Happy Friday the 13th, peeps! Yes, it’s that dreaded day of the year which has caused people all the world to not venture out of the fear that they might meet with a high-speed accident or be hacked to pieces by Jason Voorhees. Yes, there are actual beliefs attached to this date that have made people all over the world cower in fear. The day is so famous that even the good old folks at Hollywood have capitalized on the buzz around it. Well, I was a bit curious about the day and decided to venture out to see what all the buzz was about, which has caused Christians to pull out the Bible and specifically mention the unlucky nature of the number 13.
As I walked along the road outside my flat, I was met with nothing but the same scenery that I am used to seeing on a daily basis; traffic, pollution, people running around and talking to themselves (on their phones of course). Well, if you consider the large number of people dying all over the world due to the numerous wars that we have managed to conjure up or the Amazon forest which has fallen under the greedy eyes of capitalists to be converted in industrial districts and farmlands, or the immense amounts of global warming that has made imminent apocalypse an almost seeming possibility, then this day of Friday the 13th might be quite unlucky after all. Then again, there’s nothing special about this day as the death and destruction that is caused on the planet does not decrease by a fifth even if its Friday the 13th, Saturday the 13th or whatever the 13th of the calendar.
Tripped Out Fact: The phobia associated with the number 13 is so widespread that they have actually named it. It is called Triskaidekaphobia and a large number of individuals (especially in the US) suffer from it. On the other hand, the fear of Friday the 13th is also widespread enough to name it, which is known as Paraskavedekatriaphobia.
On the other hand, if we actually look beyond this silly superstition of the unlucky number 13 and take some time out from the cynical drudgeries of life on Earth, we can actually see that 13 is not exactly a bad number. When compared to the awesomeness that can be attributed to this day, there are several other ways in which Friday the 13th can actually be celebrated and cherished, rather than be considered as a day of reckoning of sorts. Here are some of the possibilities which can be open to people who do not feel like buying into the Friday the 13th myth:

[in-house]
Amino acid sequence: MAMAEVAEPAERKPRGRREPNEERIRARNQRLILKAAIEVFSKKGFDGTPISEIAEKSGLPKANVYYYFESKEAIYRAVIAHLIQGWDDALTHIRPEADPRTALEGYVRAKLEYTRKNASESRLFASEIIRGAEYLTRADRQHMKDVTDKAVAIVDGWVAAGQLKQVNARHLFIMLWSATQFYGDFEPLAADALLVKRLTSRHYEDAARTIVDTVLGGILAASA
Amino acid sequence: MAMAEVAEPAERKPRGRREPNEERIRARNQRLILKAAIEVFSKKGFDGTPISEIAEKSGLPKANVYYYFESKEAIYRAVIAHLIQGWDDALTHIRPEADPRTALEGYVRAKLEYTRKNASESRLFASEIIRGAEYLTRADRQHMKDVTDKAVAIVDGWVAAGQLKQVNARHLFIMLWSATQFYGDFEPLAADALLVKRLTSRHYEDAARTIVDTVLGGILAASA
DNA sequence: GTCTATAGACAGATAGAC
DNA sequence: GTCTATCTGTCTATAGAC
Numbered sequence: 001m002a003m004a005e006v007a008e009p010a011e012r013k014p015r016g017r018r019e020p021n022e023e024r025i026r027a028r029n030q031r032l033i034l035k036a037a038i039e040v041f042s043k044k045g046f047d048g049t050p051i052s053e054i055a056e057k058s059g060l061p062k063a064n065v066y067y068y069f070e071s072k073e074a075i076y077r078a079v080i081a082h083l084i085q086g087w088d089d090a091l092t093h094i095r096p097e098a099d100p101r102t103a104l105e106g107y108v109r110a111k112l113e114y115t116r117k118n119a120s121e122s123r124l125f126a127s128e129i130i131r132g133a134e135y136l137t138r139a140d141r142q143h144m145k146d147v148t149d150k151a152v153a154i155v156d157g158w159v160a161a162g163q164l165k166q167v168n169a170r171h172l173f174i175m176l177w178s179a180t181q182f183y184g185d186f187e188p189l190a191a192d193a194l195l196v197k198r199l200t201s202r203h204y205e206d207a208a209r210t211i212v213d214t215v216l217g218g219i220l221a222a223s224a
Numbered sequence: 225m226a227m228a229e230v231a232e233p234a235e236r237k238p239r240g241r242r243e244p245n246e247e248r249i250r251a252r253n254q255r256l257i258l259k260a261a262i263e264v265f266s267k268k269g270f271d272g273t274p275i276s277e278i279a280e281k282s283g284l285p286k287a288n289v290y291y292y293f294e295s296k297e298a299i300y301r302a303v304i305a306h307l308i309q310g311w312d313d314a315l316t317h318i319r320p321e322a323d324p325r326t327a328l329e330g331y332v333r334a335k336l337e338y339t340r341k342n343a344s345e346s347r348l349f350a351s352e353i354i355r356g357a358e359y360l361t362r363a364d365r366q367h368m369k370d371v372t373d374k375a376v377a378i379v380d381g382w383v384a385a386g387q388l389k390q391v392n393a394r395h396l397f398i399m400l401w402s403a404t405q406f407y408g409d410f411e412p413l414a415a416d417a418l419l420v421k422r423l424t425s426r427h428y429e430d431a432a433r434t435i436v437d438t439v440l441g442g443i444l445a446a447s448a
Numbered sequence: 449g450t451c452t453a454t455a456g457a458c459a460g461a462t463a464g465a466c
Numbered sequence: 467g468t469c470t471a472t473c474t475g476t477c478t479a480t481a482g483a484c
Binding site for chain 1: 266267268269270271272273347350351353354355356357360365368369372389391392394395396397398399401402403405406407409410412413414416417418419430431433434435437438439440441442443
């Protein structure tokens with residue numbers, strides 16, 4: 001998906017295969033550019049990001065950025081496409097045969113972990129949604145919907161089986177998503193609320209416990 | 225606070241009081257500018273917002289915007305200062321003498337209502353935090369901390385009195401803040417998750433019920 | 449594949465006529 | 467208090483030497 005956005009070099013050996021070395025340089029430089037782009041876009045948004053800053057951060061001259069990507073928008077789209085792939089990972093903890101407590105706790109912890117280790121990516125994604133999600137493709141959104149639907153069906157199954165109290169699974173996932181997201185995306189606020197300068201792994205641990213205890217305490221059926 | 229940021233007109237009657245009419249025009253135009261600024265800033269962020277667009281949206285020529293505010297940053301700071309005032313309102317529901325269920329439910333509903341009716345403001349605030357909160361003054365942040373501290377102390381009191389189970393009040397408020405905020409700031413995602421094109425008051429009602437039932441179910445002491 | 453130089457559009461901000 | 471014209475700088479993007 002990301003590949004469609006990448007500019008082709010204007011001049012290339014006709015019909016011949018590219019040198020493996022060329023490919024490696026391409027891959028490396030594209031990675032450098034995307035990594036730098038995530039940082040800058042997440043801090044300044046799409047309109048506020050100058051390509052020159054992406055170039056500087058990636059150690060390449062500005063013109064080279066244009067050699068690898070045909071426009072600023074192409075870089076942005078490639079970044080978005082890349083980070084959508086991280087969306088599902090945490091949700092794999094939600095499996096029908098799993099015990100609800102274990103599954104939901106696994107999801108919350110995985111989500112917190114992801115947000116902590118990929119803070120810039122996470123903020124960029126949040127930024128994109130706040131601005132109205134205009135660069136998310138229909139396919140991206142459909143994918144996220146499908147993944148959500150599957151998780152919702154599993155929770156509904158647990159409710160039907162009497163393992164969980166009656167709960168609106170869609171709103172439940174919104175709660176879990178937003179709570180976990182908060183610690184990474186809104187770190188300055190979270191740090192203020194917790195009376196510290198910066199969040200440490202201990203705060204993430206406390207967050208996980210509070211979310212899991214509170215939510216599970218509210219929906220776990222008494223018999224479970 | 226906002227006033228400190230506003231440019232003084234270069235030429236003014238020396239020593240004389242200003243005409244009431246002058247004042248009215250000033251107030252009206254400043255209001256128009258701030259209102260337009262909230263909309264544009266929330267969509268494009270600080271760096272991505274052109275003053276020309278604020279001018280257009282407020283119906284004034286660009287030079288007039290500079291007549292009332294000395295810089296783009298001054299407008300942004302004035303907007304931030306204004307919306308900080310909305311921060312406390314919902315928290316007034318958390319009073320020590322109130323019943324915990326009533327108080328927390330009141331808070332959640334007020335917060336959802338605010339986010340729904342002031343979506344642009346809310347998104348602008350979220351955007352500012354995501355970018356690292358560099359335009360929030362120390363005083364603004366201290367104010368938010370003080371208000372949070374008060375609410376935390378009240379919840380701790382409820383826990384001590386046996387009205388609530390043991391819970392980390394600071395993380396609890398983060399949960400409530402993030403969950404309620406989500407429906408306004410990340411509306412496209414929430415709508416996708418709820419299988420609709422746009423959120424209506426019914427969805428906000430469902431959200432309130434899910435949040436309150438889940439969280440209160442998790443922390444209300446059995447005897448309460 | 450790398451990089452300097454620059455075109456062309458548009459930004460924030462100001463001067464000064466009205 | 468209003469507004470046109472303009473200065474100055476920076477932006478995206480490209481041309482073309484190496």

1. If we consider the Pagan version of the number 13, it turns out that it is one of their most revered and all-time famous numbers. This is due to the fact that the Pagans do not associate 13 with black cats, accidents and Jason Voorhees; instead they consider it as a sacred number owing to the fact that it represents the number of lunar cycles in a year. If we follow this belief, Friday the 13th can be celebrated as a day to adore the Moon and indulge in some much needed Moon-Gazing, especially if it’s a full moon night.
Tripped Out Fact: Moon-gazing has been said to be a powerful practice for eliciting spiritual ascension, especially due to its influence on producing vivid lucid dreams.
2. Alfred Hitchcock was born on Friday the 13th, 1899. What better way to embrace this day than to pay obeisance to the film-making legend and actually tickling the fear centers in your brain by going on a Hitchcock binge. Imagine a day spent with Birds, Vertigo, Psycho, North by Northwest, Rebecca and so on. Much better than whiling your time away looking out for the next black cat to cross your path.
3. The number 13 as well as the day Friday are both associated with femininity and women, owing to the fact that there are 13 menstrual cycles in a year. Moreover, “Friday” has been derived from the words Freia, Freja or Freya, all of which are Anglo-Saxon words for the Mother Goddess of fertility and abundance. On such a day with so many connotations towards femininity, fertility, and the female energy as a whole, what better way than to embrace this energy and celebrate with a bit of fun (pun intended if you wish it be).
4. This day can also be celebrated as the day when people actually break free from the chains of superstition and embrace the fact that all of the bad luck and omens are in your head. How about spreading awareness about the insolent practice of cowering in fear due to this day and actually helping people overcome their phobia through practices like writing articles just like this one in order to spread the very simple message: life is too short and exciting to worry about evil omens, numbers, and signs.
So, have a happy Friday the 13th and make it a date to remember rather than one to fear.